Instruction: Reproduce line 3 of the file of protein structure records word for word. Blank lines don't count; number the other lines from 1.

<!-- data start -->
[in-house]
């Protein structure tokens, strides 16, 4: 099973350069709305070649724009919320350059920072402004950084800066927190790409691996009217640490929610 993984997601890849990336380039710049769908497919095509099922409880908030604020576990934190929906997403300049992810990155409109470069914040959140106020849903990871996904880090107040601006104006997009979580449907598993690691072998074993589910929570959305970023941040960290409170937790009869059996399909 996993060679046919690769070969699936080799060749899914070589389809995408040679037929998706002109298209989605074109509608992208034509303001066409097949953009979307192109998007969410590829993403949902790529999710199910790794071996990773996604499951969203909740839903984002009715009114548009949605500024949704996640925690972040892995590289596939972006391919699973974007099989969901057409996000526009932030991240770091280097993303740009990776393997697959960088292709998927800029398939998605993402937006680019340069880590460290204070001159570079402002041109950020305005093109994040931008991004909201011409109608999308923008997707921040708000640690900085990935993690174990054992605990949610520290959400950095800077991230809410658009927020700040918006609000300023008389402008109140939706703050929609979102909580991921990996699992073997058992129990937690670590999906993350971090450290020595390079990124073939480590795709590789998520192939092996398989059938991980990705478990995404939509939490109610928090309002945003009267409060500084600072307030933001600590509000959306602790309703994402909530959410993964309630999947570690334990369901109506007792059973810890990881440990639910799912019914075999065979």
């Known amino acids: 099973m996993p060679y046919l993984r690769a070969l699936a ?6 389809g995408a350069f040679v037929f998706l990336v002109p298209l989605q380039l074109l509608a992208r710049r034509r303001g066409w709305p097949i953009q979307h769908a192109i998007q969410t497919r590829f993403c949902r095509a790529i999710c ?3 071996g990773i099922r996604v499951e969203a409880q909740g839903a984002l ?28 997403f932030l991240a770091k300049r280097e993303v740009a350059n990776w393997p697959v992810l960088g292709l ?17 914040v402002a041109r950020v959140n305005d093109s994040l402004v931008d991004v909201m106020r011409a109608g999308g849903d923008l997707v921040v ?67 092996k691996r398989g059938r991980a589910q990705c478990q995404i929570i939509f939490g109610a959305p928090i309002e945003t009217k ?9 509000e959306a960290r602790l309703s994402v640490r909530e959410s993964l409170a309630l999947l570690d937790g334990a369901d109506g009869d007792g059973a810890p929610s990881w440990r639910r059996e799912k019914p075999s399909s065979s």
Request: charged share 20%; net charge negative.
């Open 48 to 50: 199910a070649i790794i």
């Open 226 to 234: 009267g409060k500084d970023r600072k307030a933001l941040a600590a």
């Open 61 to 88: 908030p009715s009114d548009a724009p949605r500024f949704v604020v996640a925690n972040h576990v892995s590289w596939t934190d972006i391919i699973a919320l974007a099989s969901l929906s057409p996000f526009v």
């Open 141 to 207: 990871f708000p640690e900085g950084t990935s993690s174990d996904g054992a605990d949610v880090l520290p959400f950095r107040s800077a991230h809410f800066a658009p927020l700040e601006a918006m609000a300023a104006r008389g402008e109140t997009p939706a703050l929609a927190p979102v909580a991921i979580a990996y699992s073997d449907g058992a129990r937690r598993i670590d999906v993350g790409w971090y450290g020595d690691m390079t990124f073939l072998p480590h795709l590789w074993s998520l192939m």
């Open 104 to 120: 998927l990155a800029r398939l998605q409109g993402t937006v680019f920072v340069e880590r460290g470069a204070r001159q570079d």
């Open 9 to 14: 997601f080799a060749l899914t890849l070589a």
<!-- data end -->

């Known amino acids: 099973m996993p060679y046919l993984r690769a070969l699936a ?6 389809g995408a350069f040679v037929f998706l990336v002109p298209l989605q380039l074109l509608a992208r710049r034509r303001g066409w709305p097949i953009q979307h769908a192109i998007q969410t497919r590829f993403c949902r095509a790529i999710c ?3 071996g990773i099922r996604v499951e969203a409880q909740g839903a984002l ?28 997403f932030l991240a770091k300049r280097e993303v740009a350059n990776w393997p697959v992810l960088g292709l ?17 914040v402002a041109r950020v959140n305005d093109s994040l402004v931008d991004v909201m106020r011409a109608g999308g849903d923008l997707v921040v ?67 092996k691996r398989g059938r991980a589910q990705c478990q995404i929570i939509f939490g109610a959305p928090i309002e945003t009217k ?9 509000e959306a960290r602790l309703s994402v640490r909530e959410s993964l409170a309630l999947l570690d937790g334990a369901d109506g009869d007792g059973a810890p929610s990881w440990r639910r059996e799912k019914p075999s399909s065979s």